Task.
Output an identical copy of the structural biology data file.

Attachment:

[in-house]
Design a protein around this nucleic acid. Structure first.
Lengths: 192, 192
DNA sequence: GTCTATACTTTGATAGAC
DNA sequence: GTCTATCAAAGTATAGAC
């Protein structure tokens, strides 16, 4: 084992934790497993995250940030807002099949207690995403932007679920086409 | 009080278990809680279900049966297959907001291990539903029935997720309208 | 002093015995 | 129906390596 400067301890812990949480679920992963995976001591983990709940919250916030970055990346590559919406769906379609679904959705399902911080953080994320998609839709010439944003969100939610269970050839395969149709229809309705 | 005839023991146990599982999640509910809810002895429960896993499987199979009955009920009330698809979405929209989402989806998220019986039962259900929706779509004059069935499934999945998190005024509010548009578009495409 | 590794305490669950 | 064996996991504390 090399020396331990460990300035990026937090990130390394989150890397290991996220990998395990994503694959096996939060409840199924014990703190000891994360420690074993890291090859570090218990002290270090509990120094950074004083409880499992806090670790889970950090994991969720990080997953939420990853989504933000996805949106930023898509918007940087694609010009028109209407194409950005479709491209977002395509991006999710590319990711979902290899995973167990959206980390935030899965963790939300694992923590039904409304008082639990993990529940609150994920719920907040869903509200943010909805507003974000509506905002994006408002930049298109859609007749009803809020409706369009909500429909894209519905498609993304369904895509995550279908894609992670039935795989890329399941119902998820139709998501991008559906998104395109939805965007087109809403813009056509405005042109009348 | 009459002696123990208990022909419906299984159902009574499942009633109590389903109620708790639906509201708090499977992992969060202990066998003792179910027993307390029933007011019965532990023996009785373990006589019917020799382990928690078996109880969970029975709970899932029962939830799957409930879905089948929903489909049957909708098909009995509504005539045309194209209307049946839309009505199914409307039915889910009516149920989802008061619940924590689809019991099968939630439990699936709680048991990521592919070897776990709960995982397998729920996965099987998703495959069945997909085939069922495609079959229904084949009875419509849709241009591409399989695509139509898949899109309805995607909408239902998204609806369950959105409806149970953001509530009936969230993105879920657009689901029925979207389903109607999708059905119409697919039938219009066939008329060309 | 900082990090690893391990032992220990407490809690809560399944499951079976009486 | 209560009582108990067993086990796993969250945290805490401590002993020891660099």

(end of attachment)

[in-house]
Design a protein around this nucleic acid. Structure first.
Lengths: 192, 192
DNA sequence: GTCTATACTTTGATAGAC
DNA sequence: GTCTATCAAAGTATAGAC
């Protein structure tokens, strides 16, 4: 084992934790497993995250940030807002099949207690995403932007679920086409 | 009080278990809680279900049966297959907001291990539903029935997720309208 | 002093015995 | 129906390596 400067301890812990949480679920992963995976001591983990709940919250916030970055990346590559919406769906379609679904959705399902911080953080994320998609839709010439944003969100939610269970050839395969149709229809309705 | 005839023991146990599982999640509910809810002895429960896993499987199979009955009920009330698809979405929209989402989806998220019986039962259900929706779509004059069935499934999945998190005024509010548009578009495409 | 590794305490669950 | 064996996991504390 090399020396331990460990300035990026937090990130390394989150890397290991996220990998395990994503694959096996939060409840199924014990703190000891994360420690074993890291090859570090218990002290270090509990120094950074004083409880499992806090670790889970950090994991969720990080997953939420990853989504933000996805949106930023898509918007940087694609010009028109209407194409950005479709491209977002395509991006999710590319990711979902290899995973167990959206980390935030899965963790939300694992923590039904409304008082639990993990529940609150994920719920907040869903509200943010909805507003974000509506905002994006408002930049298109859609007749009803809020409706369009909500429909894209519905498609993304369904895509995550279908894609992670039935795989890329399941119902998820139709998501991008559906998104395109939805965007087109809403813009056509405005042109009348 | 009459002696123990208990022909419906299984159902009574499942009633109590389903109620708790639906509201708090499977992992969060202990066998003792179910027993307390029933007011019965532990023996009785373990006589019917020799382990928690078996109880969970029975709970899932029962939830799957409930879905089948929903489909049957909708098909009995509504005539045309194209209307049946839309009505199914409307039915889910009516149920989802008061619940924590689809019991099968939630439990699936709680048991990521592919070897776990709960995982397998729920996965099987998703495959069945997909085939069922495609079959229904084949009875419509849709241009591409399989695509139509898949899109309805995607909408239902998204609806369950959105409806149970953001509530009936969230993105879920657009689901029925979207389903109607999708059905119409697919039938219009066939008329060309 | 900082990090690893391990032992220990407490809690809560399944499951079976009486 | 209560009582108990067993086990796993969250945290805490401590002993020891660099």